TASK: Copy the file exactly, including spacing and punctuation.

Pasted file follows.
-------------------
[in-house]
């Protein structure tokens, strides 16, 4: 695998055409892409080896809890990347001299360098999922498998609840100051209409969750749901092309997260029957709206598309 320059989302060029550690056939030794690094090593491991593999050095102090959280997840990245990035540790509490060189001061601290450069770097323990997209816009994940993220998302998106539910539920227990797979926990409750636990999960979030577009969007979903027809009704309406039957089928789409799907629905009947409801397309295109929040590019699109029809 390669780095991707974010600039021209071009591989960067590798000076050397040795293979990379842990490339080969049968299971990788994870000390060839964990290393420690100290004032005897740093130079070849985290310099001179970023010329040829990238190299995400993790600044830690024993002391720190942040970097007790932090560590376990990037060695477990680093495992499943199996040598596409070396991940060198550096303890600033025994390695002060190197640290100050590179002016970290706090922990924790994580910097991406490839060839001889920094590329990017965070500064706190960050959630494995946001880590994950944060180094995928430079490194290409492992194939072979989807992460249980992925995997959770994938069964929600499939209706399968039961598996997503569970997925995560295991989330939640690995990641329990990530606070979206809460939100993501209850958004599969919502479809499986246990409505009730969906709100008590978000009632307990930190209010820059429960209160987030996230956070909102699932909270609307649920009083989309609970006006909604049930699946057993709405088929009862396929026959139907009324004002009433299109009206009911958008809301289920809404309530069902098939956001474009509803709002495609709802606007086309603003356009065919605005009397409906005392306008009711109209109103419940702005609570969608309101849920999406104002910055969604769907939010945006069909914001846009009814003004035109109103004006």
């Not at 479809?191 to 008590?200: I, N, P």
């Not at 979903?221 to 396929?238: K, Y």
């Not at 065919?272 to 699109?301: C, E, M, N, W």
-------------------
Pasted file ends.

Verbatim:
[in-house]
């Protein structure tokens, strides 16, 4: 695998055409892409080896809890990347001299360098999922498998609840100051209409969750749901092309997260029957709206598309 320059989302060029550690056939030794690094090593491991593999050095102090959280997840990245990035540790509490060189001061601290450069770097323990997209816009994940993220998302998106539910539920227990797979926990409750636990999960979030577009969007979903027809009704309406039957089928789409799907629905009947409801397309295109929040590019699109029809 390669780095991707974010600039021209071009591989960067590798000076050397040795293979990379842990490339080969049968299971990788994870000390060839964990290393420690100290004032005897740093130079070849985290310099001179970023010329040829990238190299995400993790600044830690024993002391720190942040970097007790932090560590376990990037060695477990680093495992499943199996040598596409070396991940060198550096303890600033025994390695002060190197640290100050590179002016970290706090922990924790994580910097991406490839060839001889920094590329990017965070500064706190960050959630494995946001880590994950944060180094995928430079490194290409492992194939072979989807992460249980992925995997959770994938069964929600499939209706399968039961598996997503569970997925995560295991989330939640690995990641329990990530606070979206809460939100993501209850958004599969919502479809499986246990409505009730969906709100008590978000009632307990930190209010820059429960209160987030996230956070909102699932909270609307649920009083989309609970006006909604049930699946057993709405088929009862396929026959139907009324004002009433299109009206009911958008809301289920809404309530069902098939956001474009509803709002495609709802606007086309603003356009065919605005009397409906005392306008009711109209109103419940702005609570969608309101849920999406104002910055969604769907939010945006069909914001846009009814003004035109109103004006």
């Not at 479809?191 to 008590?200: I, N, P």
């Not at 979903?221 to 396929?238: K, Y």
């Not at 065919?272 to 699109?301: C, E, M, N, W």